If it's March, it must be the start of winter project #3.
At the start of January, I laid out specific projects I wanted to complete in each of the first three months of the year. You wouldn't think I would have that much to do having completed all the remodeling. But I felt a couple of the rooms that weren't a big part of the remodel other than doors and baseboards needed some freshening up and new life. And some minor repairs were also needed. So I set the tasks and deadlines.
Last week I read two different articles about "busyness" and why we seem to want to inflict it on ourselves. The gist of the articles was that we sometimes work more than we need to and push ourselves harder than our bosses, families, or others truly expect from us. Why? We seem to get some satisfaction from the martyrdom or victim mentality; i.e., I'm so tired and so busy, etc. As if we are slaves to our lives. We might even feel we are failing if we leave some gap of effort unused. The problem with busyness is that can be joyless. The articles suggested that we understand our limits and know when to stop. And to take pleasure in the work and activities we do.
This is good advice for me. I push myself and give myself deadlines for no reason whatsoever except that I expect to be productive. And I sometimes set myself up for failure.
In the case of my winter projects, I nearly bombed in January. But I came back strong in February and completed all projects for both months on time. The projects were my bedroom in January, and the TV room and one bathroom in February. I had things to do like mount a large and heavy mirror, spackle and paint various screw holes, etc., in the rooms, mount some new towel bars, clean walls and carpets, buy new bedding, artwork, and so on. The lists were long and detailed, but almost everything had some sort of a glitch. Like the painting. I needed to match a specific color of green for one room and red for another. Unable to find just the right match among the hundreds of paint samples, I ended up buying little pots of those sample paints in several colors, and then mixed and experimented until I got a perfect match.
As things progressed, successes gave me renewed motivation. But some days I just didn't want to work on any of it. And if I took a day off from it, then I gave myself plenty of guilt for being lazy or unmotivated. Wow, how silly is that? These things made the house nicer for sure, but nobody was making me do them, and my deadlines were completely arbitrary.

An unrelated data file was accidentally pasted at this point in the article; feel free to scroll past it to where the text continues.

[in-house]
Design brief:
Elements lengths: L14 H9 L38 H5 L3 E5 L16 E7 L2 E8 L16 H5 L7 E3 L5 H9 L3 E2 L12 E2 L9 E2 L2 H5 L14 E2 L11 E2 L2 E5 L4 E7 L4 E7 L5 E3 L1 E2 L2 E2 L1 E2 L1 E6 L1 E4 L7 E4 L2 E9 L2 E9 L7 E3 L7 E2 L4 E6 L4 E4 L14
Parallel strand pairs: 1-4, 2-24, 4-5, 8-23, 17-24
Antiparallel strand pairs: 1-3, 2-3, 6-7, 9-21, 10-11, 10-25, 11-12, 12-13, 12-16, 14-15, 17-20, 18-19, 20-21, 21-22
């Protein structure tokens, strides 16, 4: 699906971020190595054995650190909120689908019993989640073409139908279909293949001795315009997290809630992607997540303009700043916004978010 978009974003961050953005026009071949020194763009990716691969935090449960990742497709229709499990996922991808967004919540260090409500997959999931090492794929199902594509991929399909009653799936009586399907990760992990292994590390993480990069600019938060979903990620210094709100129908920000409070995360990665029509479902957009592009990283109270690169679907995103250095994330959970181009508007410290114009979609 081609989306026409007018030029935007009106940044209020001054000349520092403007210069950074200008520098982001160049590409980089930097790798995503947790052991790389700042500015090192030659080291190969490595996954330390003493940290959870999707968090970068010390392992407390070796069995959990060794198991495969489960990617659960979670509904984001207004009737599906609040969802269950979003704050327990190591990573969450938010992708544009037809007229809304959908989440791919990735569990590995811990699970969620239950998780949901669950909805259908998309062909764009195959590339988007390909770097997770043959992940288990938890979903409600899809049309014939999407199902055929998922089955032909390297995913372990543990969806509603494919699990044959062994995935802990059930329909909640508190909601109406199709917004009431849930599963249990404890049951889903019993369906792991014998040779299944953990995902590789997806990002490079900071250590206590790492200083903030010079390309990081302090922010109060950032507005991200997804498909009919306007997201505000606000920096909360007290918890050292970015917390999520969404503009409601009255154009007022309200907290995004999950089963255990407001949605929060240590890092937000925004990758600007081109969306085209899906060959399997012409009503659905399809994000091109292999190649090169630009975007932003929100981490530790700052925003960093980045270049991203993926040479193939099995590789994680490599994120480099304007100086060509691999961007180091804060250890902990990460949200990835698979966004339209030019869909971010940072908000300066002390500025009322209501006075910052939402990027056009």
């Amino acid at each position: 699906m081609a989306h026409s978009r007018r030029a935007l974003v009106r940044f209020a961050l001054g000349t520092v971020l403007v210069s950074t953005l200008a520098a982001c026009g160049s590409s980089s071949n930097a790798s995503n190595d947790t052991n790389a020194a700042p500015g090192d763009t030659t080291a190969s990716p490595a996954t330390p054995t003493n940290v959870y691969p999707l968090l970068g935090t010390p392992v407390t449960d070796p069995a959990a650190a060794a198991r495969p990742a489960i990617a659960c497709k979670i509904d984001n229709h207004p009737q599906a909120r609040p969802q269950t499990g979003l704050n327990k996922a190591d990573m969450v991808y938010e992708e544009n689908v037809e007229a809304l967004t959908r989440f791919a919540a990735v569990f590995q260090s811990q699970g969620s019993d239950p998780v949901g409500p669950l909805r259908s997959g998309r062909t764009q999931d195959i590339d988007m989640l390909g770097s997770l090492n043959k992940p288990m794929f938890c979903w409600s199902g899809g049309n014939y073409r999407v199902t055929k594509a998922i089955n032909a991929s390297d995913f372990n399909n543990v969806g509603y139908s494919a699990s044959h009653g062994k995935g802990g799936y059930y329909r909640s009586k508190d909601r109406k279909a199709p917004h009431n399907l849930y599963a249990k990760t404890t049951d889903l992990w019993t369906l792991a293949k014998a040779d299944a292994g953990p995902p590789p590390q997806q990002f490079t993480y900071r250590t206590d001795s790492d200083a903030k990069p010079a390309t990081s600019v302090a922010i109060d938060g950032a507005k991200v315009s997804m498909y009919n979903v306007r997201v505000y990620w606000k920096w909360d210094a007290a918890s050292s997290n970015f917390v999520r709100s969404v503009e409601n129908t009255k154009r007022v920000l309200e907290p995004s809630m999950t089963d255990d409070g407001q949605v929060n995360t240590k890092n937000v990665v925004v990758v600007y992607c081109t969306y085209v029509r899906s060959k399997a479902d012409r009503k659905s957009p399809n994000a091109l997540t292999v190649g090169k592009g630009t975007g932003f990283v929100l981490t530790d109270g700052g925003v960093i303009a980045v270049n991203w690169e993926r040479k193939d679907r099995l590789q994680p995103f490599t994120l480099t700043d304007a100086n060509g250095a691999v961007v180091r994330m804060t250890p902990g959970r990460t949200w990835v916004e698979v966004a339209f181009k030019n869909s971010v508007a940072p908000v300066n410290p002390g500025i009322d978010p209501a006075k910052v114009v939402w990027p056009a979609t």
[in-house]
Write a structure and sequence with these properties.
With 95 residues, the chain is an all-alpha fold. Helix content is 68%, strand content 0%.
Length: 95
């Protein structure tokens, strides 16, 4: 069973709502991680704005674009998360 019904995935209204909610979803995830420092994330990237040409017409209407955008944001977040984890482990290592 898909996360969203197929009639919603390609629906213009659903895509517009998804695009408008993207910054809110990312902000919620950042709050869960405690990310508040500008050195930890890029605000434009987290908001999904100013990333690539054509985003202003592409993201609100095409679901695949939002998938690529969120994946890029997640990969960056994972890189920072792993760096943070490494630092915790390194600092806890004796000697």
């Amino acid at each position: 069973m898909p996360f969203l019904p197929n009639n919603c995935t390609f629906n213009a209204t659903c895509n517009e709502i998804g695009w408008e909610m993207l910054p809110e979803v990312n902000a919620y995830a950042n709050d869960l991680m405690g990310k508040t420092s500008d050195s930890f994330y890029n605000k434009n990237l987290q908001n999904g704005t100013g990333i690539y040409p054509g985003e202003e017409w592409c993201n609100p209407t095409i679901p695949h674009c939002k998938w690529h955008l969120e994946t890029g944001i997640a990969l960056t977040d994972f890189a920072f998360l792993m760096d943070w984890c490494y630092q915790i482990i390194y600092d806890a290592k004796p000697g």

I need to think a bit about why I do that to myself. I think it was only when I finally decided to drop the deadlines and simply work at the list of tasks, that I finally began to have fun and enjoy what I was doing.
Toward the end of February I was down to finding accessories and artwork. I decided I wasn't going to just hurry and buy something unless I really liked it -- even if I missed the deadline. With the pressure off, I began browsing online and in local shops. And I'll be darned if I didn't soon find the perfect items. So with a couple of days left in the month, I found myself with everything finished for January and February. And eager to get on with March.
This month I tackle my office. It has been neglected and a catch-all since I retired. It still has those boxes of photos and memorabilia I never addressed. That's the biggest thing. And I may not get it all done in a month. But I've broken it down into a list of tasks. I'll work at those and see what happens. But I definitely plan to have some lazy days. And plenty of naps when I feel tired. And no guilt, no matter what.
After March, I won't do month-long projects anymore. I shouldn't need to really. But there's always plenty to do. I've started a list of One-Day Projects. Things like painting the patio furniture. Or sharpening my garden tools. The list has no dates or deadlines except that I will try to complete one project a week throughout the summer. And that's enough because I'll be tending my grandsons for the entire summer as well, and trying to keep up with my share in looking after my parents.
So it still sounds like busyness in my life. But I won't be a slave to it. I will take pleasure in small successes and give myself plenty of leeway. After all, I'm retired, and there's nobody making me do anything. So I'm going to do just what I want!
Here's Frankie posing with a new painting I choose for his favorite lounging niche in the TV room. See the little white dog in the bike basket? That will be us this summer.